In relation to one point, alluded to in M. Andral's communication, the analogy prevailing between Scorbutus and Typhoid Fever, we may notice a short discussion which recently took place at the Academy of Medicine. - An epidemic of Scorbutus having broken out in the garrison at Givet, M. Scoutteien was sent by the Government to investigate its causes. He considered that the causes of the disease were similar to those capable of inducing typhoid, the hospital being placed in a very unhealthy locality, and the regiinents whence the patients were derived having suffered under a defective alimentation. The patients were removed from the damp locality in which they were placed, and soon did well upon a good diet. The particulars of the diet the soldiers had been subjected to he was not at liberty to divulge. (This disgraceful fact has been well and severely commented upon by the entire Parisian medical press). M. Rochoux having stated his opinion, that a vitiated state of the air had always been the leading cause of the production of this disease, M. Scoutteten felt certain that, however much other causes might aid, defective alimentation was the principal one. Thus, when the new prison regimen, which included a diminished diet, was adopted, scorbutus quickly showed itself; and as quickly disappeared when the diet was improved, all other circumstances remaining the same. In reference to the present epidemics, two regiments occupied the same barracks, one being much better sed than the other, and the latter alone suffered from the disease. M. Ferrus observed that scorbutus much prevailed in prisons and lunatic asylums at the present time; and that, although bad diet was the principal, it was not the only cause. He had found it very often co-existent with other diseases, especially typhoid, owning common causes. “All these affections seem connected by one common tie-general debility, and are we to attribute this to humidity, alimentation, or over-crowding? To all of them united. We find in such places an assemblage of a great number of individuals in a too circumscribed space, an insufficient and too uniform a diet, a sedentary life for persons mostly accustomed to laborious occupations, and the demoralisation and despondency contracted by their situation.” M. Bouillaud. “ We have heard nothing but assertions unsupported by facts. It is quite evident to those who have meditated upon the causes of scorbutus and typhoid, that not only is there no identity, but not even any analogy. Daily may we see, in the hospitals of Paris, cases of typhoid fever, and for my part I have seen more than 700 in 25 years, and yet I have never seen a single case of scorbutus. If the analogy is so striking, why do not the same causes produce both effects? Some persons admit that typhoid fever is conta. gious, but no one will allow that scorbutus is so. In typhoid there is febrile reaction, none in scorbutus.” M. Scoutetten. “ I am much surprised to hear that M. Bouillaud has never seen scorbutus. He has only to visit the wards of Val de Grâce, where an epidemic now prevails; and he may there see typhoid fever and scorbutus developed in soldiers subjected to the same influences.” - Gazette Medicale, No. 29.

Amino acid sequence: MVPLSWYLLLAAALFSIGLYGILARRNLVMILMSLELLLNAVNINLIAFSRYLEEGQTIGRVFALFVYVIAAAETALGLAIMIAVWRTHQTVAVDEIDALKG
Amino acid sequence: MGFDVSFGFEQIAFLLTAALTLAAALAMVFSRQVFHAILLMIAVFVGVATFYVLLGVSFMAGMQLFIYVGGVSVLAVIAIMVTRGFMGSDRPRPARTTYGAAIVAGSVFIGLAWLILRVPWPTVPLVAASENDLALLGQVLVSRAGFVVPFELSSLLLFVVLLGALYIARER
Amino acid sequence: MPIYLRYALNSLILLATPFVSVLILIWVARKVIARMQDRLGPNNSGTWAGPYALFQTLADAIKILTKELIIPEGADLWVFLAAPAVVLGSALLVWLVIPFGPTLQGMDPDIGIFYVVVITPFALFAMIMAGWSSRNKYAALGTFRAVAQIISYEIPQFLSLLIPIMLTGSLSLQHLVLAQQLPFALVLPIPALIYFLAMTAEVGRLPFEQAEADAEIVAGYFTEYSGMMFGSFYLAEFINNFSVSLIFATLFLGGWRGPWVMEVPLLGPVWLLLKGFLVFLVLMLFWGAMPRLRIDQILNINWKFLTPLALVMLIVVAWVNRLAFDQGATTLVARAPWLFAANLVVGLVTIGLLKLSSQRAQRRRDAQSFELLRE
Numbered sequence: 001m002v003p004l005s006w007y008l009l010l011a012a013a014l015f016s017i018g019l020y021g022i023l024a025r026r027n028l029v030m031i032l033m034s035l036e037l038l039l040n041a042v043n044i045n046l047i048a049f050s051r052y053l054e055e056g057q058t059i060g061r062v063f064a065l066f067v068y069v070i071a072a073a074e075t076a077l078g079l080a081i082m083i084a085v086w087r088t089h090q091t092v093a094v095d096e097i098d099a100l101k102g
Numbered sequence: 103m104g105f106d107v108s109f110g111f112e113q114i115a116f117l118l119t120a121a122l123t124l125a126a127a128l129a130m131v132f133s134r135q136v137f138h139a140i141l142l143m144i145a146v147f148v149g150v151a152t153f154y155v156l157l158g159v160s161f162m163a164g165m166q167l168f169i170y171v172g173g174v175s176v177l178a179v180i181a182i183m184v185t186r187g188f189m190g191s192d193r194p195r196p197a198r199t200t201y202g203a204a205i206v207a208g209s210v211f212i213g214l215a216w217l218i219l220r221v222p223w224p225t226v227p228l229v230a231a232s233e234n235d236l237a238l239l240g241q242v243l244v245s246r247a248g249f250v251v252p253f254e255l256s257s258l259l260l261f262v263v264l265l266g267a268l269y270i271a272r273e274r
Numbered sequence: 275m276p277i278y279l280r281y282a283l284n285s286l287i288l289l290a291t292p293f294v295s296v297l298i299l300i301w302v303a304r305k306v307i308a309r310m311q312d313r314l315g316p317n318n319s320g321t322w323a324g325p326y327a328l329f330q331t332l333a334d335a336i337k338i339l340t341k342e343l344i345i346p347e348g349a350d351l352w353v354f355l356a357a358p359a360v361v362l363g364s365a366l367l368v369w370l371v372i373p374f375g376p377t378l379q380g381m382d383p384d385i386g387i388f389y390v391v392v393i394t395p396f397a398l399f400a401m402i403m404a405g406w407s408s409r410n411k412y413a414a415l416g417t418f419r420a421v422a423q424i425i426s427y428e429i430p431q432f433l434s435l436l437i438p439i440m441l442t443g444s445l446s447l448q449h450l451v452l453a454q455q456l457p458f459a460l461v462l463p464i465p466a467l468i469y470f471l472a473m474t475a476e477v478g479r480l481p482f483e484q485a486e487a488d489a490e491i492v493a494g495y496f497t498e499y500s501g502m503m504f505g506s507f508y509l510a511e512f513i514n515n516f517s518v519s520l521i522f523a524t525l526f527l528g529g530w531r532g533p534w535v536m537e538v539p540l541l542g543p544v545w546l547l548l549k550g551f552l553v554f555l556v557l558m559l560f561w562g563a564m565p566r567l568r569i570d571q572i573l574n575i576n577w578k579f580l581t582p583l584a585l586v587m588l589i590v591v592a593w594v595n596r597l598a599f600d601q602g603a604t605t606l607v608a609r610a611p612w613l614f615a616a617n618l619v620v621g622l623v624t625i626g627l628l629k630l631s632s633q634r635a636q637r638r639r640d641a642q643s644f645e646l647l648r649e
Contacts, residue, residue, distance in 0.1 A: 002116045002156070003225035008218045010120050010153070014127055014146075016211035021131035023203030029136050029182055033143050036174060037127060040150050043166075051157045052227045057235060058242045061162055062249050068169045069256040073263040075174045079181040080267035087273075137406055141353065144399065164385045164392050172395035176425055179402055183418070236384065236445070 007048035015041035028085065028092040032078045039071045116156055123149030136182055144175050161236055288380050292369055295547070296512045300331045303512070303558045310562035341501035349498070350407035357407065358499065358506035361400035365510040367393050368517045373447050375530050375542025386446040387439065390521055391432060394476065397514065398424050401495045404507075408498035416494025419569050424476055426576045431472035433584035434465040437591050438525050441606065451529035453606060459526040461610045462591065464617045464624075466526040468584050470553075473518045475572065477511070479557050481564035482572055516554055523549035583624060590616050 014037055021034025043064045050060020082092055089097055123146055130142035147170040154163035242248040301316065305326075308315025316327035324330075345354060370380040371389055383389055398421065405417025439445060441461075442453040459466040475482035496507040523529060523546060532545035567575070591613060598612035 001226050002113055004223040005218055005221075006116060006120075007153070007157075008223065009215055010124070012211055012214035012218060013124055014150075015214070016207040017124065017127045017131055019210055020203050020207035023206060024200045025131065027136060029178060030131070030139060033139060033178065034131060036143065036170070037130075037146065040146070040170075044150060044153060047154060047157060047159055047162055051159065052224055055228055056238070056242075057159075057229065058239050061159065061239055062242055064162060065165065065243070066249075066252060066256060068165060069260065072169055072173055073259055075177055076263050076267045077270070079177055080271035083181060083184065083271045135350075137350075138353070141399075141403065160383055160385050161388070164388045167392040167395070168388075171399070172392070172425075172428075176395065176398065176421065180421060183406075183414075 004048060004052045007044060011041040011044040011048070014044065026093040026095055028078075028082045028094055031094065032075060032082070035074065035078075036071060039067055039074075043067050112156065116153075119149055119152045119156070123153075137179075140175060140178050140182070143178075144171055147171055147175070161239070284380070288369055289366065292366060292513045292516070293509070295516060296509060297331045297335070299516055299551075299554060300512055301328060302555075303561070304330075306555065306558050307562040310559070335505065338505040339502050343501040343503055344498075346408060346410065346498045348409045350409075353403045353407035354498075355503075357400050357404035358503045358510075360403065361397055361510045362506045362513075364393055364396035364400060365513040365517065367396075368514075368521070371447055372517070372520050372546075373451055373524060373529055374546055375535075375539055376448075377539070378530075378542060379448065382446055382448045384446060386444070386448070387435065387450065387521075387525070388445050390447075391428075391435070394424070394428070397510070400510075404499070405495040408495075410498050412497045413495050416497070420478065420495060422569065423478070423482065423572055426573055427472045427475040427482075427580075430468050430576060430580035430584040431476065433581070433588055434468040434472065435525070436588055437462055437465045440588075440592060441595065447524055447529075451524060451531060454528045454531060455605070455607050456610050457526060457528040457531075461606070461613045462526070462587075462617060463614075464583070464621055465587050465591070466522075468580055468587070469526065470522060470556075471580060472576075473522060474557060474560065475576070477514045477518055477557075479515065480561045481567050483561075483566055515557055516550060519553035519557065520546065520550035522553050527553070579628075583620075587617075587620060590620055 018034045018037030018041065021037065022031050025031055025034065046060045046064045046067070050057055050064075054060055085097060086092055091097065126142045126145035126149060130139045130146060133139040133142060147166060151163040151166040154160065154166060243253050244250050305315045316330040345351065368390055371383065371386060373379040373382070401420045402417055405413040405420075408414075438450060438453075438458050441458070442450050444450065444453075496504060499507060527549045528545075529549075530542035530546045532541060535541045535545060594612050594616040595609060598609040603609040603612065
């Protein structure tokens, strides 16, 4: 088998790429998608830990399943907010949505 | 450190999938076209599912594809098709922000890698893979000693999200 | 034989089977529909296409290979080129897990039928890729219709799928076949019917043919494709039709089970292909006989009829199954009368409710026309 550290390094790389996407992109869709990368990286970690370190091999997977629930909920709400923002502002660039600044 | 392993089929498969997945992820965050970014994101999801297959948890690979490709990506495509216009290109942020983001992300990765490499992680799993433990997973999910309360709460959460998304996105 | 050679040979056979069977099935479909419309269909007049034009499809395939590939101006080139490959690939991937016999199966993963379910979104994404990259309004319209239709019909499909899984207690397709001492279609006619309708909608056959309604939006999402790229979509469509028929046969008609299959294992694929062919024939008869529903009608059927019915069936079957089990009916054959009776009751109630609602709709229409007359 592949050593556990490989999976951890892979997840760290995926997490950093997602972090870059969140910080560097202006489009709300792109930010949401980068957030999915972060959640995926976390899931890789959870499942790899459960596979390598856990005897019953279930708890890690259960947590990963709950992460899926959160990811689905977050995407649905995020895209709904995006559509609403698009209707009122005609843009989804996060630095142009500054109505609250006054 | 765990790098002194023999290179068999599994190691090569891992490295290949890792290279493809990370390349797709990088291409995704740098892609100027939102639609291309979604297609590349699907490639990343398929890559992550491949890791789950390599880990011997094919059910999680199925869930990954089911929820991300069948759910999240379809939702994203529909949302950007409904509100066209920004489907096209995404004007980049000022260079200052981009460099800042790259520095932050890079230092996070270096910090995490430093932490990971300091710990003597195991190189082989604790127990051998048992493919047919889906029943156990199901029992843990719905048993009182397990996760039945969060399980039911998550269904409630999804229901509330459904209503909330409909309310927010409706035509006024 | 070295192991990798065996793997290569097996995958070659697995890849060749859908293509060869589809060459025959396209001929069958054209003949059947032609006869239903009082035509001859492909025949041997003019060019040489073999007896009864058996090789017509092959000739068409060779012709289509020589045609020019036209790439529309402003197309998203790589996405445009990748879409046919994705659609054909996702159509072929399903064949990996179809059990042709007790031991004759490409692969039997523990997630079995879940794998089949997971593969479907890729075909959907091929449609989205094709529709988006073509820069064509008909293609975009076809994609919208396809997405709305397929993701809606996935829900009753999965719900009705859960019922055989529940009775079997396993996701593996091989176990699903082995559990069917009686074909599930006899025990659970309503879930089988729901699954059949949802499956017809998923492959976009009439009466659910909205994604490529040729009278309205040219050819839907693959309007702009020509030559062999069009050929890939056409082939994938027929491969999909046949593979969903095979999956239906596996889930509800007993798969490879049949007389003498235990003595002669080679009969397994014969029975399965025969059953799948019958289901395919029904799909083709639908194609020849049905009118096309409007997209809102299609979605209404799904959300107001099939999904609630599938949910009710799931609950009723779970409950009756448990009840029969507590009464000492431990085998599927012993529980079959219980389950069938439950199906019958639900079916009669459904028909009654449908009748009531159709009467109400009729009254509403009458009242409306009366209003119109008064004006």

[The subject of Scorbutus has excited so much interest during the last few months in various parts of Great Britain-practitioners who had began to con. sider it as a mere traditional disease, having now had ample opportunities of studying its various features—that we have deemed it right to lay the above somewhat lengthy extracts before our readers. We cannot consider that the analyses here referred to definitively settle the question of the amount of fibrine ordidarily contained in the blood in this disease, and are disposed to adopt M. Marchal's suggestion. Our means of investigating the condition of this fluid are far superior to those possessed by the older observers; but they were as well able to estimate the mere appearance of the coagulum, as influenced by the presence of more or less fibrine, as ourselves. As to the causes of the disease, these, in common with those of other epidemic visitations, are enveloped in the obscurity implied in the phrase "epidemic constitution of the air ;" for, although a defective or ill-adjusted alimentation seems essential to the production of the malady, it does not alone suffice, as, did it so, the disease would have been found still more generally prevalent during the late season of distress and privation, and would have also frequently manifested itself on former similar occasions, instead of being a new affection for almost the whole race of living practitioners.-- Rev.]


Electricity as a Cause of Disease.



PALLAS, Principal Physician in Algeria.